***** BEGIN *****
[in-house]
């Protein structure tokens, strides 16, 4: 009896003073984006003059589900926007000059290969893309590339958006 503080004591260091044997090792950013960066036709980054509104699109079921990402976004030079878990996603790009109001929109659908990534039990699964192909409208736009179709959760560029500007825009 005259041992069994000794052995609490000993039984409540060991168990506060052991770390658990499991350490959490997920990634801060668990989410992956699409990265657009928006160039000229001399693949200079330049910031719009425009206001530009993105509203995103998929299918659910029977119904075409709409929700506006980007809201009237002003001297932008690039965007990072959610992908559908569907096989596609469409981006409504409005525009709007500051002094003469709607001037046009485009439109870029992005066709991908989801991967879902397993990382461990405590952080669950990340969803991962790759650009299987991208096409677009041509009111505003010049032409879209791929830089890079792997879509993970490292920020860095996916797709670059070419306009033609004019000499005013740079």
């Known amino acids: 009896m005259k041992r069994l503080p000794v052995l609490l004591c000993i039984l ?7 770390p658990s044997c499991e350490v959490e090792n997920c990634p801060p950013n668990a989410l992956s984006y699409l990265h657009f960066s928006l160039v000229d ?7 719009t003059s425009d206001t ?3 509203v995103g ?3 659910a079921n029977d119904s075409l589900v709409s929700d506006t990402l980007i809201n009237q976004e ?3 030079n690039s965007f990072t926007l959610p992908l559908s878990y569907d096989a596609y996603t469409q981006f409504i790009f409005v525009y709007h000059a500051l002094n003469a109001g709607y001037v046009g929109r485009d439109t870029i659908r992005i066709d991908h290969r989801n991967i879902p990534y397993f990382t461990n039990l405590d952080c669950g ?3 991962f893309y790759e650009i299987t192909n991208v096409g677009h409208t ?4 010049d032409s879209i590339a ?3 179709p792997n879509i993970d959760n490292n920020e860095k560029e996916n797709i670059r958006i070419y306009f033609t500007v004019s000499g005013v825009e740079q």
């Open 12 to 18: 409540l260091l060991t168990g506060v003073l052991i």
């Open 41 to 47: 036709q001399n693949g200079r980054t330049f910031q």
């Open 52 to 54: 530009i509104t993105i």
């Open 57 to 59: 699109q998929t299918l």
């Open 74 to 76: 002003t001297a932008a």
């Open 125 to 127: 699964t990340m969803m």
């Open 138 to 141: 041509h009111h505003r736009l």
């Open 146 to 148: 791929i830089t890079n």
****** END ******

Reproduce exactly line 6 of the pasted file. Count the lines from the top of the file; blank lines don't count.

């Open 52 to 54: 530009i509104t993105i």